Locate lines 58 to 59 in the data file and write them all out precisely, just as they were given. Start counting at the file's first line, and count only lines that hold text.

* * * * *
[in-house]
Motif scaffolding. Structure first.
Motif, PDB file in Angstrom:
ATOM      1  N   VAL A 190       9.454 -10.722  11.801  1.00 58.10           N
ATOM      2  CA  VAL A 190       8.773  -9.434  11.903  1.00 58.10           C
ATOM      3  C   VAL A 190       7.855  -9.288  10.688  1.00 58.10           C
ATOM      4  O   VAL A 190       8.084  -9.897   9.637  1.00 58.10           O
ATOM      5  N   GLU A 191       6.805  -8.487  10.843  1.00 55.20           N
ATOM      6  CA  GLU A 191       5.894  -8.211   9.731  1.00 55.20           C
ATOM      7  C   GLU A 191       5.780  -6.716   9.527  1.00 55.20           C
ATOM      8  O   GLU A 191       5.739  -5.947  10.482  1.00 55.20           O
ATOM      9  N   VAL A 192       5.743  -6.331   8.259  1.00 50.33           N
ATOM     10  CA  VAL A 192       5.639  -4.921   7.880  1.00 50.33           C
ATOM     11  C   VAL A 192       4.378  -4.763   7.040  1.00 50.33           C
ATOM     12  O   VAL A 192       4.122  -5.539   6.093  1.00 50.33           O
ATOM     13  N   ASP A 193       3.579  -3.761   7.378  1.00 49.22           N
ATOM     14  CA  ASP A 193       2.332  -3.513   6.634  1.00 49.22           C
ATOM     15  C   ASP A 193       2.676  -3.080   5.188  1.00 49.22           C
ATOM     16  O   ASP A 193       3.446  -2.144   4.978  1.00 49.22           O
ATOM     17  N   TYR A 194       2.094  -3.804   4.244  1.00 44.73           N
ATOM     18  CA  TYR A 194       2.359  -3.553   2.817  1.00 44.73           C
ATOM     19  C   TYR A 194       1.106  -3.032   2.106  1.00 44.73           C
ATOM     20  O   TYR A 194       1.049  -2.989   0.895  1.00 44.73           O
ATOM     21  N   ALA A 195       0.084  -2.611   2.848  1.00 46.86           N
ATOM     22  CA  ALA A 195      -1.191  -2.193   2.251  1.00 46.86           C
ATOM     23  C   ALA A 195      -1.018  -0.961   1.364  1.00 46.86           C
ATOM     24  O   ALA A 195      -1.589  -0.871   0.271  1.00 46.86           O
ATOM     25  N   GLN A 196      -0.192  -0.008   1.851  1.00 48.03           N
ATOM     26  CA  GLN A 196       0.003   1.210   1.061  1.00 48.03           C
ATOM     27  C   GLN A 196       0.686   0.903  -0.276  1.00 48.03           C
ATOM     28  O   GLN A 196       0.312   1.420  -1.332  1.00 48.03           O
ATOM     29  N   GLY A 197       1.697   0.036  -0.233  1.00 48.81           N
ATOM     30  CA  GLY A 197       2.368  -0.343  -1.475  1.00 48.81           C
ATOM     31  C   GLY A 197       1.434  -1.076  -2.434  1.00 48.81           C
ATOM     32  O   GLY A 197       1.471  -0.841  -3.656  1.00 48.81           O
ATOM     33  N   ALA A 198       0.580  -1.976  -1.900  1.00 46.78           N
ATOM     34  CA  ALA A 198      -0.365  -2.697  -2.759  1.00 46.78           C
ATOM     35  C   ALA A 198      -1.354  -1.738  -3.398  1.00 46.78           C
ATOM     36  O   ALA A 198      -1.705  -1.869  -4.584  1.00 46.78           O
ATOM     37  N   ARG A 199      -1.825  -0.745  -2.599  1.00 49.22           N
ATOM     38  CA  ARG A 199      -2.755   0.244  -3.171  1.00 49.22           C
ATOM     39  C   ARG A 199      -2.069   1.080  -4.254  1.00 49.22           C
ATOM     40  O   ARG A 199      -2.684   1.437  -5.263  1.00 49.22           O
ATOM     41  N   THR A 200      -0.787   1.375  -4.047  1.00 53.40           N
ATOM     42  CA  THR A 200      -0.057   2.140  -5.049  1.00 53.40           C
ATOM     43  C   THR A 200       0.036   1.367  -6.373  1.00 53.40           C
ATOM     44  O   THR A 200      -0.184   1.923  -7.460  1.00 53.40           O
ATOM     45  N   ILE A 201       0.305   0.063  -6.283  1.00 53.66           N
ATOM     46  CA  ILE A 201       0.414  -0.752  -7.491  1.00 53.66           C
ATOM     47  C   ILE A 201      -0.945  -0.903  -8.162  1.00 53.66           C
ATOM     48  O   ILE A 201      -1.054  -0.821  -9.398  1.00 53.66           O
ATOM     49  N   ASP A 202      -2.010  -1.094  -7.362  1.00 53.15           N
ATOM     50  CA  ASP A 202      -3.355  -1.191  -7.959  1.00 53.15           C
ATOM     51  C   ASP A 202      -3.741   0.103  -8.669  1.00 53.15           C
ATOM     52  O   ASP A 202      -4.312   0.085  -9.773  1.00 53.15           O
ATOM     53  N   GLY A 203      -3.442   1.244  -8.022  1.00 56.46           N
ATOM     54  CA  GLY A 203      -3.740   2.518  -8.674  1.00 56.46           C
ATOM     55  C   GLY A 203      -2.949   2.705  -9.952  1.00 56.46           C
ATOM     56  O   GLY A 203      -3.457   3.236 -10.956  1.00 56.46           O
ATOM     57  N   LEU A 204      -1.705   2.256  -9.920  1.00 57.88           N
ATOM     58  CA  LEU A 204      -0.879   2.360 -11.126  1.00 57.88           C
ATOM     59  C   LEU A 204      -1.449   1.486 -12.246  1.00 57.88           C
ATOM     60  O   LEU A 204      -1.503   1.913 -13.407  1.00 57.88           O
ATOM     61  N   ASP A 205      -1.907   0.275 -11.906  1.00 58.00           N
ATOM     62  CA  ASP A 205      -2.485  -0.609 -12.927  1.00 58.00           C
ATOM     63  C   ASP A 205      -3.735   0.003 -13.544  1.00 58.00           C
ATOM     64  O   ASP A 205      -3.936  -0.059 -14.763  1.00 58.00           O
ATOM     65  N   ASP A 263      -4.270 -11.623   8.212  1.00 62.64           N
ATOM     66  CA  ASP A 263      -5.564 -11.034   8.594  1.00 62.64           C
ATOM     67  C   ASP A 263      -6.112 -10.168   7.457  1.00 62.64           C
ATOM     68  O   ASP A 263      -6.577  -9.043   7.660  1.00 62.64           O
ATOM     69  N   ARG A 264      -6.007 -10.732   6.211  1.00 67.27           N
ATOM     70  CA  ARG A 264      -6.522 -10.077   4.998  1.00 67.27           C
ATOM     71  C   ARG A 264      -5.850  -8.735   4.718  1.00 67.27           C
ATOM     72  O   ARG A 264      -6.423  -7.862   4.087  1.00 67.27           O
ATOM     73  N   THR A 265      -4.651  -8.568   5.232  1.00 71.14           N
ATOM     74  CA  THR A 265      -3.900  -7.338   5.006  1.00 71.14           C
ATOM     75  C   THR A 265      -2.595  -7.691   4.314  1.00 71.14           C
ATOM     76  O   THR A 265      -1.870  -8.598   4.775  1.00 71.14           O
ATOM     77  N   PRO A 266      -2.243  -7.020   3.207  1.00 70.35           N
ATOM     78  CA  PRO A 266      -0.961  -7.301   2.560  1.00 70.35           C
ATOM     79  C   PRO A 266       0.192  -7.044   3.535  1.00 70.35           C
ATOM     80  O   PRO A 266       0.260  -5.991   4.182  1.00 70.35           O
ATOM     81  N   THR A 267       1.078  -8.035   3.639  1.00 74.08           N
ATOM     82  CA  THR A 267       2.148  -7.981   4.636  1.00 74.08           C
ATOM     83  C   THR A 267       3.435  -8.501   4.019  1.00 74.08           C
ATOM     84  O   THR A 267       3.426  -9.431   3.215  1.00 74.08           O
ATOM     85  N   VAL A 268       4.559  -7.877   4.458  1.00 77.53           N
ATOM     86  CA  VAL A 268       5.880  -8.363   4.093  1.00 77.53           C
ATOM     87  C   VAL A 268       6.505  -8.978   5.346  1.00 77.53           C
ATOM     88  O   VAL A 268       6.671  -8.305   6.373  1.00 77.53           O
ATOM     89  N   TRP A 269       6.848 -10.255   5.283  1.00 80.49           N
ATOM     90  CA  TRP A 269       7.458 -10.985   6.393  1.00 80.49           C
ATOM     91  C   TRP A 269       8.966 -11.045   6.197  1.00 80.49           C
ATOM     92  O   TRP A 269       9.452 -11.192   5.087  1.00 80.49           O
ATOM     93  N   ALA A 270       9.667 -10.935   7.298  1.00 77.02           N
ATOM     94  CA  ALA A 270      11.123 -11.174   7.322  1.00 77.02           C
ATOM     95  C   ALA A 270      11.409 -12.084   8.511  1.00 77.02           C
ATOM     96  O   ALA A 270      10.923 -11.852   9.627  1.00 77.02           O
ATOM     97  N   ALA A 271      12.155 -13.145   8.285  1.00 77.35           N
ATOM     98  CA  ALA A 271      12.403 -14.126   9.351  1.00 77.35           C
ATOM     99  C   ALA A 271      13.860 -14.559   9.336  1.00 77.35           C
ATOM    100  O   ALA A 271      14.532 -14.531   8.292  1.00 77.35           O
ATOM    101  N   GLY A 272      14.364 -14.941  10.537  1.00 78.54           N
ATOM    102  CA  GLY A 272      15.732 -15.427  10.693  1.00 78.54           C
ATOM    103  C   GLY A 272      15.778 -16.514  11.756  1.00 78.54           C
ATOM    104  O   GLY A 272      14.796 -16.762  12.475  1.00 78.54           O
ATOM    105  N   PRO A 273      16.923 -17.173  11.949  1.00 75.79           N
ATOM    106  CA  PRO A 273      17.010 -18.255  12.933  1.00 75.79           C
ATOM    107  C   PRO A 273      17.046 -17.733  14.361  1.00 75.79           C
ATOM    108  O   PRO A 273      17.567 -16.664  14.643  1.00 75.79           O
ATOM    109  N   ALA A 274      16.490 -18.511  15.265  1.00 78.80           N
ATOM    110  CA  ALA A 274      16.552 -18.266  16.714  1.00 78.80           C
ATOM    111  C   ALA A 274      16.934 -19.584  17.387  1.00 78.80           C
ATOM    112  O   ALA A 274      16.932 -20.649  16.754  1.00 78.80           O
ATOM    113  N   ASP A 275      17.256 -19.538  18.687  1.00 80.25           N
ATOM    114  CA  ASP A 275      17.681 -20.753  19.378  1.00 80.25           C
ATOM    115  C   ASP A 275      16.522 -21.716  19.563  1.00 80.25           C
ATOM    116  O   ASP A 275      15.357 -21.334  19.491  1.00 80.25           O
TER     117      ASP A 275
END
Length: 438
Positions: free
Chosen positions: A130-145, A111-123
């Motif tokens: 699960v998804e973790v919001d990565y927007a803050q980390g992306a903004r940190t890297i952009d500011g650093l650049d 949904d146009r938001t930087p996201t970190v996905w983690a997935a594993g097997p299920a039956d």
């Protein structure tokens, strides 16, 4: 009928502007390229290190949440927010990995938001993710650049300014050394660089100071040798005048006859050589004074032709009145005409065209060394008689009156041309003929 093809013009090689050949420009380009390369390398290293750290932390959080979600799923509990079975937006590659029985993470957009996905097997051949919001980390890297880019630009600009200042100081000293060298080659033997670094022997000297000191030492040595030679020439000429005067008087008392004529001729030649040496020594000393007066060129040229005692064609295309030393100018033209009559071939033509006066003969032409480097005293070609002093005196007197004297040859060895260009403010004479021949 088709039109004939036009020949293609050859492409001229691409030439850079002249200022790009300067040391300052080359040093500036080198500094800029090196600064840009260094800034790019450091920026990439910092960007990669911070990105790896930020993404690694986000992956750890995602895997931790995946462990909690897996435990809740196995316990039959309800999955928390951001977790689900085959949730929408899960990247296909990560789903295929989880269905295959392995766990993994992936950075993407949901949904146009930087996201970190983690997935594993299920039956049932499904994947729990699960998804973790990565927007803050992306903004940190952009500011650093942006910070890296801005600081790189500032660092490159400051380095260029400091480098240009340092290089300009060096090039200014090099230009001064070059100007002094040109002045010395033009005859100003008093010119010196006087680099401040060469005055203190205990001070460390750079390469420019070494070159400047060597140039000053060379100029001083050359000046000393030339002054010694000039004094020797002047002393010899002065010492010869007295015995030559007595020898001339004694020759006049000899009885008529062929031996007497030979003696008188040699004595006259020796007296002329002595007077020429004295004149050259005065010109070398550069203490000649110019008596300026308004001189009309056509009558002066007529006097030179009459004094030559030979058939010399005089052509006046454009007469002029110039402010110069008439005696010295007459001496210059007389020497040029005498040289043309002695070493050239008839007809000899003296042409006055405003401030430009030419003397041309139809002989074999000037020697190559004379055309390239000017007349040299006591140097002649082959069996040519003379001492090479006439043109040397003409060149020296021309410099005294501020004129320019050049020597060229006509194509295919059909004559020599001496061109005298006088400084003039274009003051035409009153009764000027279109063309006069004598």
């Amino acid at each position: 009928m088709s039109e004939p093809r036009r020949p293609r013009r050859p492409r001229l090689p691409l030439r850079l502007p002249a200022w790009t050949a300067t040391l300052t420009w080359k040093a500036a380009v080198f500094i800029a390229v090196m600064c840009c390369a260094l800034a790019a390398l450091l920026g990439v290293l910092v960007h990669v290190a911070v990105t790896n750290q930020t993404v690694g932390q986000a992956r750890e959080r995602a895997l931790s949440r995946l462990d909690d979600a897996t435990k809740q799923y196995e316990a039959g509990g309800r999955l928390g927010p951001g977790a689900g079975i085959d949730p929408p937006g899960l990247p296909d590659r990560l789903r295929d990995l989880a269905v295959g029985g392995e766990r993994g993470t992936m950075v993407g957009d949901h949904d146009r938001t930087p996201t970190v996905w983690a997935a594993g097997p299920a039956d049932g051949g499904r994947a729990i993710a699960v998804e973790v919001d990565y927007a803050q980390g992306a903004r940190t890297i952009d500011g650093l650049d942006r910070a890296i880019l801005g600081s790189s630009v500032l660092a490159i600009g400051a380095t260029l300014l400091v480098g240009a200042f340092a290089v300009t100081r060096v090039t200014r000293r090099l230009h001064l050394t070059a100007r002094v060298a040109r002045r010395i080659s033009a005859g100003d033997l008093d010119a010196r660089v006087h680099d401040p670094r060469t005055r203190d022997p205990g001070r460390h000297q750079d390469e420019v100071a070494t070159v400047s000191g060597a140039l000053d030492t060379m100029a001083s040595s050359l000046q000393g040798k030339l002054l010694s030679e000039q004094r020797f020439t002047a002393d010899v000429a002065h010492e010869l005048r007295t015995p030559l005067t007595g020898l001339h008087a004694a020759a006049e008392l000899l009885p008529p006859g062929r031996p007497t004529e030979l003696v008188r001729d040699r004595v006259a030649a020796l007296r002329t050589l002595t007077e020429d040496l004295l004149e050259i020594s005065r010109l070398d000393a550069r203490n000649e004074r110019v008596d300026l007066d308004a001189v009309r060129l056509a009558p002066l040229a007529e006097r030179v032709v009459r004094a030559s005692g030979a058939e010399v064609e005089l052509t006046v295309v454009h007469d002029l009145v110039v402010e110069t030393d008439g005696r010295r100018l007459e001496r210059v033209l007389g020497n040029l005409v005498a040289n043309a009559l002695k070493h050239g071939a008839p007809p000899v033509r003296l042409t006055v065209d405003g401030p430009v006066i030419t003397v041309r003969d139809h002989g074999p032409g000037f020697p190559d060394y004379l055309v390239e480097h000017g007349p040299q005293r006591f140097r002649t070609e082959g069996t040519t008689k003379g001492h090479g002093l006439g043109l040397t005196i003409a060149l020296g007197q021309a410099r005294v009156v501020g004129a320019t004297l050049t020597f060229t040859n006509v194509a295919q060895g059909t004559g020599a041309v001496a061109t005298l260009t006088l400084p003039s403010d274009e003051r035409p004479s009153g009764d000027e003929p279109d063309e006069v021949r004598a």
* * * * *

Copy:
ATOM     55  C   GLY A 203      -2.949   2.705  -9.952  1.00 56.46           C
ATOM     56  O   GLY A 203      -3.457   3.236 -10.956  1.00 56.46           O